Chlamydia, Female

Chlamydia is an infection caused by bacteria. It is spread through sexual contact. Chlamydia can be in different areas of the body. These areas include the cervix, urethra, throat, or rectum. If you are infected, you must finish all treatments and follow up with a caregiver.


Chlamydia is a sexually transmitted disease. It is passed from an infected partner during intimate contact. This contact could be with the genitals, mouth, or rectal area. Infections can also be passed from mothers to babies during birth.


There may not be any symptoms. This is often the case early in the infection. Symptoms you may notice include:

  • Mild pain and discomfort when urinating.

  • Inflammation of the rectum.

  • Vaginal discharge.

  • Painful intercourse.

  • Abdominal pain.

  • Bleeding between menstrual periods.


To diagnose this infection, your caregiver will do a pelvic exam. Cultures will be taken of the vagina, cervix, urine, and possibly the rectum to see if the infection is chlamydia.


You will be given antibiotic medicines. Any sexual partners should also be treated, even if they do not show symptoms. Take the medicine for the prescribed length of time. If you are pregnant, do not take tetracycline-type antibiotics.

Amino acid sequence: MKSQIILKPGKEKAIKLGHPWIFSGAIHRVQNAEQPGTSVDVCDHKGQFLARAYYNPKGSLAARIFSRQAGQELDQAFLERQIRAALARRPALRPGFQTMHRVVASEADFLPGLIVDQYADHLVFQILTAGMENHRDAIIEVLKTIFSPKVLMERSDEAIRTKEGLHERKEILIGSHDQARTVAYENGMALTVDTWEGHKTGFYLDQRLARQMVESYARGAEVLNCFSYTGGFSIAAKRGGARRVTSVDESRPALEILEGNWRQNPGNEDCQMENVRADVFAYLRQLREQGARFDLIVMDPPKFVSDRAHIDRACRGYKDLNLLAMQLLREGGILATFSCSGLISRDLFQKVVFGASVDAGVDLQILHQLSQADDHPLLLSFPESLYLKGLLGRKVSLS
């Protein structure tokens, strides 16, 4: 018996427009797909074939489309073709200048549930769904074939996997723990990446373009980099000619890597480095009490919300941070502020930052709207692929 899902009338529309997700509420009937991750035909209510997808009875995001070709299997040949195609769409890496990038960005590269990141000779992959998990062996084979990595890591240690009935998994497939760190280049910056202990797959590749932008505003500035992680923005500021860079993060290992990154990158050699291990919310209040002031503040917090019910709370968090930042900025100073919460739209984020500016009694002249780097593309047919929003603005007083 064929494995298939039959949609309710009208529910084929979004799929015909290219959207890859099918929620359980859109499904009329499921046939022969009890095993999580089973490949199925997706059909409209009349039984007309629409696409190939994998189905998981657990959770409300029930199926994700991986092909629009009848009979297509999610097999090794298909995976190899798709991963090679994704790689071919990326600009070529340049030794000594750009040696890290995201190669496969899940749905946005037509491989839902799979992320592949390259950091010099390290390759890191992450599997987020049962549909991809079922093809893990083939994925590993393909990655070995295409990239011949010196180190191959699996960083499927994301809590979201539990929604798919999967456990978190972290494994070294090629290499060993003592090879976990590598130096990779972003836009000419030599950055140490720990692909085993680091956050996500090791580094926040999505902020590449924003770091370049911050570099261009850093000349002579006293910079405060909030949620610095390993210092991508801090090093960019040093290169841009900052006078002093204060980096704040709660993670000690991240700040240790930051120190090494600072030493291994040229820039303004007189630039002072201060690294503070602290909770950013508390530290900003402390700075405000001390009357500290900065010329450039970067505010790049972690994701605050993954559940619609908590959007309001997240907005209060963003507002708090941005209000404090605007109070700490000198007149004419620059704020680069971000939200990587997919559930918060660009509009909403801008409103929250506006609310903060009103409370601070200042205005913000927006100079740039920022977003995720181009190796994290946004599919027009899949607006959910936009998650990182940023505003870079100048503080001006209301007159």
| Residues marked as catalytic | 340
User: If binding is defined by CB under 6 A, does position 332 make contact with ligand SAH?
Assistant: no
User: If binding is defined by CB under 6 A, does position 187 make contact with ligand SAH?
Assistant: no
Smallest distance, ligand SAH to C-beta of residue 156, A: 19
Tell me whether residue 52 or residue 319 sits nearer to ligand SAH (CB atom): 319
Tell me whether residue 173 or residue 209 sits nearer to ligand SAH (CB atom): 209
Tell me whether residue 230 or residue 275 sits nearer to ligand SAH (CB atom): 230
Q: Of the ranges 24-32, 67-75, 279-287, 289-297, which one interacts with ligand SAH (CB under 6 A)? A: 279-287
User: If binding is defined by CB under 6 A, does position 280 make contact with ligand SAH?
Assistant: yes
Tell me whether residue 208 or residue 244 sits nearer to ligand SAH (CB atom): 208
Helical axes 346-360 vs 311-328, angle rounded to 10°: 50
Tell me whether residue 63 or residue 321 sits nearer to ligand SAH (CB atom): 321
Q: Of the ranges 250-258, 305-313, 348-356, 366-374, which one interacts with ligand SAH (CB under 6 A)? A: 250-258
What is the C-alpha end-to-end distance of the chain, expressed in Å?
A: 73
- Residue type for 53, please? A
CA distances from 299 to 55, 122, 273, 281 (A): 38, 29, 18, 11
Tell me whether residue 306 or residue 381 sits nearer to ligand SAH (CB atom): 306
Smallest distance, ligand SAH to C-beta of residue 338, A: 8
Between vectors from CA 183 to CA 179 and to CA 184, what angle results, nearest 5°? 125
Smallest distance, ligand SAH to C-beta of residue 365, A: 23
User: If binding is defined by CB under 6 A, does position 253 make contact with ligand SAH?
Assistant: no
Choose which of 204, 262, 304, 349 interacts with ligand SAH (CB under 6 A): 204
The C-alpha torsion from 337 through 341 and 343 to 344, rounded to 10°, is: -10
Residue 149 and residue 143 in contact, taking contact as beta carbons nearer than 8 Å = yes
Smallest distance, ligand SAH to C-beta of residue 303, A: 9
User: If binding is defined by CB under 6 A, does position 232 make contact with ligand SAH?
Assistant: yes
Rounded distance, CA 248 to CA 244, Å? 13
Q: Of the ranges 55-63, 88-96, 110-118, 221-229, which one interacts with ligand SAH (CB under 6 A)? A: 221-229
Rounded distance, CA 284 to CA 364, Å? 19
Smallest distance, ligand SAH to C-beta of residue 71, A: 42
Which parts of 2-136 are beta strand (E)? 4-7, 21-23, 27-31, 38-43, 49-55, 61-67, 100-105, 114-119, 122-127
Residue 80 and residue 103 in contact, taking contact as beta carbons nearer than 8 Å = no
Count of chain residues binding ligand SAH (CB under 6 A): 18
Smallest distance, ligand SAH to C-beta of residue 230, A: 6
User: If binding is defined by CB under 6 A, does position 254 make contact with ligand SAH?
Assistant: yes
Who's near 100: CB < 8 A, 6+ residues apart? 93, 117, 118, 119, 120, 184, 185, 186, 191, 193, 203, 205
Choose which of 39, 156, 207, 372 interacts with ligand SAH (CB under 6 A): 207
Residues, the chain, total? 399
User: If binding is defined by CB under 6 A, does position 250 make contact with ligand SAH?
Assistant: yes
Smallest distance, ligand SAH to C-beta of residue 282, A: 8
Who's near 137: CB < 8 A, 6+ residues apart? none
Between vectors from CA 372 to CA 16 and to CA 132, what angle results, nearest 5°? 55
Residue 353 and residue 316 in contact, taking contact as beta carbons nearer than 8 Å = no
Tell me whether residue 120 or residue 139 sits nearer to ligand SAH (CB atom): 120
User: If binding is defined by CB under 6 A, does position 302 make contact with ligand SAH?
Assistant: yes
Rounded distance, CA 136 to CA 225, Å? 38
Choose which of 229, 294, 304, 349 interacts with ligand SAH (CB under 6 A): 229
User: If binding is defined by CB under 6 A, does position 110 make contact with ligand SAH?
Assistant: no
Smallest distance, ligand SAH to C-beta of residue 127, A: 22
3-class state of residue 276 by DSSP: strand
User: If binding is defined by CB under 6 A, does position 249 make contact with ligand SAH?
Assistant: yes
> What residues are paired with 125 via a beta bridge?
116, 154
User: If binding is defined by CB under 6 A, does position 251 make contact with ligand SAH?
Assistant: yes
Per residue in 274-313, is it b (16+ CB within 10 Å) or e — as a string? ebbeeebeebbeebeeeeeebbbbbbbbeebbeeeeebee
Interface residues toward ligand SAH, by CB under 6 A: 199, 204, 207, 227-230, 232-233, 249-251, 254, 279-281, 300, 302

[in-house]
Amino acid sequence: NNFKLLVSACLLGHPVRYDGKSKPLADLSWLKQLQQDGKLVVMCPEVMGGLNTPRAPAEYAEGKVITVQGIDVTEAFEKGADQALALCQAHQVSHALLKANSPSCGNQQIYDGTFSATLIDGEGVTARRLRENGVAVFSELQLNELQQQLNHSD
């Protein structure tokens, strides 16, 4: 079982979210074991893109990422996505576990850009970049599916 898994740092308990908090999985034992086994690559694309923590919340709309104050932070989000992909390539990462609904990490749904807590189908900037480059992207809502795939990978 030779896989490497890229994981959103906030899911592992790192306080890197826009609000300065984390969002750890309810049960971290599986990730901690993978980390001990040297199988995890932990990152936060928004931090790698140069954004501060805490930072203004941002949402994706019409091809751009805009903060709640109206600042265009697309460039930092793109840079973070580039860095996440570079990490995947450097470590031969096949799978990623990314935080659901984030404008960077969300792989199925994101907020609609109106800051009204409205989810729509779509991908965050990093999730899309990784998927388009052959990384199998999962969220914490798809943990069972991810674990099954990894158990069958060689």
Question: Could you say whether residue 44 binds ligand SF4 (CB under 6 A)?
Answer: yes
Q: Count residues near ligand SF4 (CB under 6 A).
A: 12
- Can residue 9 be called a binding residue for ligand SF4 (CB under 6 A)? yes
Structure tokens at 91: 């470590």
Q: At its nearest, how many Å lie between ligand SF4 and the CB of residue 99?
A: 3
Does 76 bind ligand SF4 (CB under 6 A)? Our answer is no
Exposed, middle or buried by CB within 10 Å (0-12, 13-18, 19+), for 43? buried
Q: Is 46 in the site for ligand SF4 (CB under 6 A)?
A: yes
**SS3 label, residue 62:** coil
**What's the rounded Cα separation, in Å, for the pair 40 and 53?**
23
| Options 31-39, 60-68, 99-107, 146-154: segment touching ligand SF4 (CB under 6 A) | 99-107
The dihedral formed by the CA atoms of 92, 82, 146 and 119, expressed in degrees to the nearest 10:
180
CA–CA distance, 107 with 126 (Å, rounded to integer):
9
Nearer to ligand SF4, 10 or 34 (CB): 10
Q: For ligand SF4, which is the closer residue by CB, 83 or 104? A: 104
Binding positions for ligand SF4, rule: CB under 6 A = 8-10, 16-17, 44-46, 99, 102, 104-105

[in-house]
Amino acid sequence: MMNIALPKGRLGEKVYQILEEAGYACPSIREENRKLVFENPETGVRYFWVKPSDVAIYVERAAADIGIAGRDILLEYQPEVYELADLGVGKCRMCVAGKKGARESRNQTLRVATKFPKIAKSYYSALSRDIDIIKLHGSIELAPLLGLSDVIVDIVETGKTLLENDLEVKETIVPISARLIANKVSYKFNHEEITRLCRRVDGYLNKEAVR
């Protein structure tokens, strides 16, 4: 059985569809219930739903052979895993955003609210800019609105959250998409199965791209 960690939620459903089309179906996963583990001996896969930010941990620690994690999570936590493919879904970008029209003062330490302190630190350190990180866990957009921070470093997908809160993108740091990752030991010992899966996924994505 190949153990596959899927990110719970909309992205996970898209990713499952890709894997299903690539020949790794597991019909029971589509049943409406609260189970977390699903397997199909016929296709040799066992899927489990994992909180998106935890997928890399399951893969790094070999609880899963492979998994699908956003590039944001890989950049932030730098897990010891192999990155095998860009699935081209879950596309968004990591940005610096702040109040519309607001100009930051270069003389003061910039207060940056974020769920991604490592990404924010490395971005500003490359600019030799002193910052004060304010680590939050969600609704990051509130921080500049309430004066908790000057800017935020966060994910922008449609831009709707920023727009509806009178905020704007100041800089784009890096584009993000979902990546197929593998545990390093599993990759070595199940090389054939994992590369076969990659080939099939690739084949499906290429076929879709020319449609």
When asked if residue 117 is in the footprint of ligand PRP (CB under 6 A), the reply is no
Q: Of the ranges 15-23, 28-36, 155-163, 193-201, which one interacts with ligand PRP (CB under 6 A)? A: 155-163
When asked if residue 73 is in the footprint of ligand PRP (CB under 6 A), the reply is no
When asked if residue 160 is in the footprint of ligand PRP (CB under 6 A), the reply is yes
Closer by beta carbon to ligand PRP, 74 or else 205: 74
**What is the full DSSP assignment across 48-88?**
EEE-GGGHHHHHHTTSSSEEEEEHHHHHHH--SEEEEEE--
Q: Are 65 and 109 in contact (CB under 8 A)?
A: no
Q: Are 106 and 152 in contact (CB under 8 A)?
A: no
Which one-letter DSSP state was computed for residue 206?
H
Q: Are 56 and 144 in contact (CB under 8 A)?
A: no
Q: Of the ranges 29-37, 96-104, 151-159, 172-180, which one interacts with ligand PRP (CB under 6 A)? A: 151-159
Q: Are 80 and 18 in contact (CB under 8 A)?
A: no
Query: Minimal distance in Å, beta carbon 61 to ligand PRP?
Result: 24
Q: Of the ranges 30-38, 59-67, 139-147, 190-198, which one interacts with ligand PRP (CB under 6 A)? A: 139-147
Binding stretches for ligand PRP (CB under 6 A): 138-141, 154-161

• Take your antibiotics as directed. Finish them even if you start to feel better.

  • Only take over-the-counter or prescription medicines for pain, discomfort, or fever as directed by your caregiver.

  • Inform any sexual partners about the infection. They should be treated also.

  • Do not have sexual contact until your caregiver tells you it is okay.

  • Get plenty of rest.

  • Eat a well-balanced diet, and drink enough fluids to keep your urine clear or pale yellow.

  • Keep all follow-up appointments and tests.


  • Your symptoms return.

  • You have a fever.


  • Understand these instructions.

  • Will watch your condition.

  • Will get help right away if you are not doing well or get worse.